Michael van Gerwen Michael van Gerwen - 1 year ago 79
Python Question

How do I specify that the return type of a method is the same as the class itself in python?

I have the following code in python 3:

class Position:

def __init__(self, x: int, y: int):
self.x = x
self.y = y

def __add__(self, other: Position) -> Position:
return Position(self.x + other.x, self.y + other.y)

But my editor (PyCharm) says that the reference Position can not be resolved (in the _add__ method). How should I specify that I expect the return type to be of type

Edit: I think this is actually a PyCharm issue. It actually uses the information in its warnings, and code completion

But correct my if I'm wrong, and need to use some other syntax.

Answer Source

If you try to run this code you will get:

NameError: name 'Position' is not defined

This is because Position must be defined before you can use it on an annotation. I will go through the workarounds suggested for similar questions, if you are in a hurry "The Blessed Way"™ is the #2.

1. Define a dummy Position

Before the class definition, place a dummy definition:

class Position(object):

class Position(object):

This will get rid of the NameError and may even look OK:

>>> Position.__add__.__annotations__
{'other': __main__.Position, 'return': __main__.Position}

But is it?

>>> for k, v in Position.__add__.__annotations__.items():
...     print(k, 'is Position:', v is Position)                                                                                                                                                                                                                  
return is Position: False
other is Position: False

2. Use a string

Just use a string instead of the class itself:

def __add__(self, other: 'Position') -> 'Position':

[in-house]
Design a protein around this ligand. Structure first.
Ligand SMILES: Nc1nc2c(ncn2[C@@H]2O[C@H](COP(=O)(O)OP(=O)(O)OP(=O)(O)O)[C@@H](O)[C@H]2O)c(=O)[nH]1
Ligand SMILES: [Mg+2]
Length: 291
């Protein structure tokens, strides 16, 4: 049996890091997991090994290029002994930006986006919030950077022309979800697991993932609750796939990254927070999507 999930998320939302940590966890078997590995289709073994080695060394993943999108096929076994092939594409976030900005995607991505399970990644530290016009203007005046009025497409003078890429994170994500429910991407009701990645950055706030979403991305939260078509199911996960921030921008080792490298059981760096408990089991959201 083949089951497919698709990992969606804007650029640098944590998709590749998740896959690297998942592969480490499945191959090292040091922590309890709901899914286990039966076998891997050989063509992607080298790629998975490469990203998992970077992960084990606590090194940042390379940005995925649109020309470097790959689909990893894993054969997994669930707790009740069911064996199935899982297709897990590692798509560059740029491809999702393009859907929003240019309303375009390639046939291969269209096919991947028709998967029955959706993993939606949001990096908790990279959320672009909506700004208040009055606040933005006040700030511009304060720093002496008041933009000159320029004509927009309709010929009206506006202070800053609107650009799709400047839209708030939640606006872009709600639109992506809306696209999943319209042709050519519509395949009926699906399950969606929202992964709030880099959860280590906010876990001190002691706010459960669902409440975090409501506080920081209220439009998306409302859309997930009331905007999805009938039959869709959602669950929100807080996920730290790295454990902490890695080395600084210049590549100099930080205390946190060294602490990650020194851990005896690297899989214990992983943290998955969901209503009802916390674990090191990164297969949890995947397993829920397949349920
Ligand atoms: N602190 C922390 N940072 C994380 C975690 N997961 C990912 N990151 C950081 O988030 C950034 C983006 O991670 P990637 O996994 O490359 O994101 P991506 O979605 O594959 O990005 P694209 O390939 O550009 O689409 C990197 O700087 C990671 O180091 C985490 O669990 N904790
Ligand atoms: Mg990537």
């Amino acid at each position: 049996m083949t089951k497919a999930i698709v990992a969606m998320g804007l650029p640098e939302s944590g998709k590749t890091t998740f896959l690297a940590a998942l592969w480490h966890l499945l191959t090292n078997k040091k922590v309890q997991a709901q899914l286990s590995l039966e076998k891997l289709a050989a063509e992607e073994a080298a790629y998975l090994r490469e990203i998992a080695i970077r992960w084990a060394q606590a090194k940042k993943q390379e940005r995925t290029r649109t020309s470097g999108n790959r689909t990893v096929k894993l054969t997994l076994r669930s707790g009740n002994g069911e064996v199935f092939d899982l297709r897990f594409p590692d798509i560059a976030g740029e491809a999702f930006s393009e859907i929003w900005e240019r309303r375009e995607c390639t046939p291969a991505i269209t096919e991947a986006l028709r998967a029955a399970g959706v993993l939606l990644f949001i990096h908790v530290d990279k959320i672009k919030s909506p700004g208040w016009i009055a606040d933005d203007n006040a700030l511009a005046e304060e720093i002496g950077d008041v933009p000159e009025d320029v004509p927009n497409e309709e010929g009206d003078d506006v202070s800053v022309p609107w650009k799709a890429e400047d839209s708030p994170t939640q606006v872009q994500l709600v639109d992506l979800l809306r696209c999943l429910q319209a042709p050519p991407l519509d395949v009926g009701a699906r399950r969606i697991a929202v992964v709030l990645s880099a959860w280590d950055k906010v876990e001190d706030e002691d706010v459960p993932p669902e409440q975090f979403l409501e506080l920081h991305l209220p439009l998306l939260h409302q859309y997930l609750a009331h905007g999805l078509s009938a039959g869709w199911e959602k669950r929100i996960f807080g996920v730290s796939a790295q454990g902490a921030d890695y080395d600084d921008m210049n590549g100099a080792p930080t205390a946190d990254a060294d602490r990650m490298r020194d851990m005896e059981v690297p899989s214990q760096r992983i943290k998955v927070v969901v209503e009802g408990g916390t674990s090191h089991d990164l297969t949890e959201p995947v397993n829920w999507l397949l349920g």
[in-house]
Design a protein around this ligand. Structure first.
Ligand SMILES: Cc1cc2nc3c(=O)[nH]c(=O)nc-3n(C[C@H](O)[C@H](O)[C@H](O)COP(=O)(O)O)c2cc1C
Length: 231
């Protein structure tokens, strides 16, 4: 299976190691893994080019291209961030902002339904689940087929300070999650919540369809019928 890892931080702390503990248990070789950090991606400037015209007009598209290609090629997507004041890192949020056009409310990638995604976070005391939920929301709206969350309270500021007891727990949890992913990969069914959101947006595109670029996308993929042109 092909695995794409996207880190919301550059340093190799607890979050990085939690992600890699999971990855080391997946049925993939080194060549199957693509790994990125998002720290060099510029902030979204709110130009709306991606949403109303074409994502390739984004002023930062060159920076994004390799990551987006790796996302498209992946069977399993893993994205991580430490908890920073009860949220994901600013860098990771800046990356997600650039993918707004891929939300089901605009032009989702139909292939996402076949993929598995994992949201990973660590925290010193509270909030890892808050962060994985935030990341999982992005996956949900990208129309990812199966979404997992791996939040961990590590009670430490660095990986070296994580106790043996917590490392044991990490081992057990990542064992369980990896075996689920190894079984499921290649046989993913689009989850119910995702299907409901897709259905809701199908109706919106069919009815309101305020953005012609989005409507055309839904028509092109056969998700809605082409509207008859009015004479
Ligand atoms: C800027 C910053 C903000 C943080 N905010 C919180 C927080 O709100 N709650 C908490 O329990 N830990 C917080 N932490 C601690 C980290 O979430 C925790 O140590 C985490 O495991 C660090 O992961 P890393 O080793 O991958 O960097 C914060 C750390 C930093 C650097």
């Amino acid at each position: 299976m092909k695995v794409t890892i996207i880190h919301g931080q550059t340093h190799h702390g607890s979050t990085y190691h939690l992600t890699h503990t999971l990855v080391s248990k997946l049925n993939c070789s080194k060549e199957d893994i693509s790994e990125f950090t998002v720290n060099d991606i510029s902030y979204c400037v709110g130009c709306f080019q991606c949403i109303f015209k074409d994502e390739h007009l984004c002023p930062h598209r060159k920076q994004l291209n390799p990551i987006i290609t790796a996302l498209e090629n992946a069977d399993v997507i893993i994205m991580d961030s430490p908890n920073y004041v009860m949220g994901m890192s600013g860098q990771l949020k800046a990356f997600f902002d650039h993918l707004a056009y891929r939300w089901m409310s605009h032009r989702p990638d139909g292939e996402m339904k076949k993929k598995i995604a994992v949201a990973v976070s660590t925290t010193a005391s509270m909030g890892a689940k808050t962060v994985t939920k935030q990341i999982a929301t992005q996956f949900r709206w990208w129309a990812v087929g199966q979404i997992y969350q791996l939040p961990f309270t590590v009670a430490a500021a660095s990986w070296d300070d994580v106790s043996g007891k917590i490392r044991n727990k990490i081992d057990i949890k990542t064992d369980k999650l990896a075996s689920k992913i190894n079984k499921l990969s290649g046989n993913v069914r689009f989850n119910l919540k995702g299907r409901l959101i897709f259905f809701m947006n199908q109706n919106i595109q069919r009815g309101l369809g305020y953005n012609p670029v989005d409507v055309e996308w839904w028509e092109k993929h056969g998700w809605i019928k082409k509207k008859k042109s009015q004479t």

If you use the Django framework this may seems familiar, as Django models use strings for forward references (foreign key definitions where the foreign model is self or is not declared yet).

Looks like this is the recommended approach according to the docs:

Forward references

When a type hint contains names that have not been defined yet, that definition may be expressed as a string literal, to be resolved later.

A situation where this occurs commonly is the definition of a container class, where the class being defined occurs in the signature of some of the methods. For example, the following code (the start of a simple binary tree implementation) does not work:

class Tree:
    def __init__(self, left: Tree, right: Tree):
    self.left = left
    self.right = right

To address this, we write:

class Tree:
    def __init__(self, left: 'Tree', right: 'Tree'):
        self.left = left
        self.right = right

The string literal should contain a valid Python expression (i.e., compile(lit, '', 'eval') should be a valid code object) and it should evaluate without errors once the module has been fully loaded. The local and global namespace in which it is evaluated should be the same namespaces in which default arguments to the same function would be evaluated.

3. Monkey-patch in order to add the annotations:

You may use this if you are using a decorator that enforces contracts:

    def __add__(self, other):
        return self.__class__(self.x + other.x, self.y + other.y)

Position.__add__.__annotations__['return'] = Position
Position.__add__.__annotations__['other'] = Position

At least it seems right:

>>> for k, v in Position.__add__.__annotations__.items():
...     print(k, 'is Position:', v is Position)                                                                                                                                                                                                                  
return is Position: True
other is Position: True

But thinking about it, if you are smart enough to write a contract-enforcing decorator, you probably can teach it to safely eval the annotation if it is of type buitins.str instead of builtins.type.


The blessed way is the #2.

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